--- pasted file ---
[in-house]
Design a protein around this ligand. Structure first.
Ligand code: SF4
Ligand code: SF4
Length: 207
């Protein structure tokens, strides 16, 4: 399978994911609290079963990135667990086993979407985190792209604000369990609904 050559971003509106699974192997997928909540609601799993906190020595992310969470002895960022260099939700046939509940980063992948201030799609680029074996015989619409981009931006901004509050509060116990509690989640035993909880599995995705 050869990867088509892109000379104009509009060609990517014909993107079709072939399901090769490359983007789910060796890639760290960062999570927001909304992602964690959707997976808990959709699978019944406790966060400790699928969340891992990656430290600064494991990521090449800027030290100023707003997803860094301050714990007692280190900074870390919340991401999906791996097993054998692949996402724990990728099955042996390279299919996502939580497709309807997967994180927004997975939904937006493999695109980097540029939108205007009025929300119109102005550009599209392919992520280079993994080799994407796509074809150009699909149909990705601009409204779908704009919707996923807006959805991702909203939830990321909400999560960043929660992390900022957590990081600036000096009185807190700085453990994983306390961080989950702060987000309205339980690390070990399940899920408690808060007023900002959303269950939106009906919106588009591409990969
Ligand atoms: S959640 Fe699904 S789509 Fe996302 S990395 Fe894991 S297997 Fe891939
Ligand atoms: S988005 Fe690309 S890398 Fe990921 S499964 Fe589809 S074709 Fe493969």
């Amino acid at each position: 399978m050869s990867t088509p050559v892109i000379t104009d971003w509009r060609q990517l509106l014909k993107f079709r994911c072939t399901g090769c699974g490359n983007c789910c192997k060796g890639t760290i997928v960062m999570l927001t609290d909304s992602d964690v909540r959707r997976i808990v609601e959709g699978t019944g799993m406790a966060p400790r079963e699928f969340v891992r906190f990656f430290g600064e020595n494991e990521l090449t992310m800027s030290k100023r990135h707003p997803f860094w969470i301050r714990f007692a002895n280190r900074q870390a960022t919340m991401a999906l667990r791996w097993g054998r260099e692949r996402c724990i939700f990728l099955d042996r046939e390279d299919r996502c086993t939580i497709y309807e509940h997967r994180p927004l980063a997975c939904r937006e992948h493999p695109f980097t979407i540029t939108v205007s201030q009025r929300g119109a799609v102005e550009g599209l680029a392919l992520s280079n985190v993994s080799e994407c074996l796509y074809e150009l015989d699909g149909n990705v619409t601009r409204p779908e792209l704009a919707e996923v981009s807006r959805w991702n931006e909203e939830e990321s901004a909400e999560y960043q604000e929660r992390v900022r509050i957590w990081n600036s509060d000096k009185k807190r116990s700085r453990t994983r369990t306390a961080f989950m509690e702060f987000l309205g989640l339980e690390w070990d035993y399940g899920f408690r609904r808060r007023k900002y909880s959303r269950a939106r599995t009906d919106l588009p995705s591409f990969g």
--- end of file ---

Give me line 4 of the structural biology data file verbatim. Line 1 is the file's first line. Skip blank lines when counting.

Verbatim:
Ligand code: SF4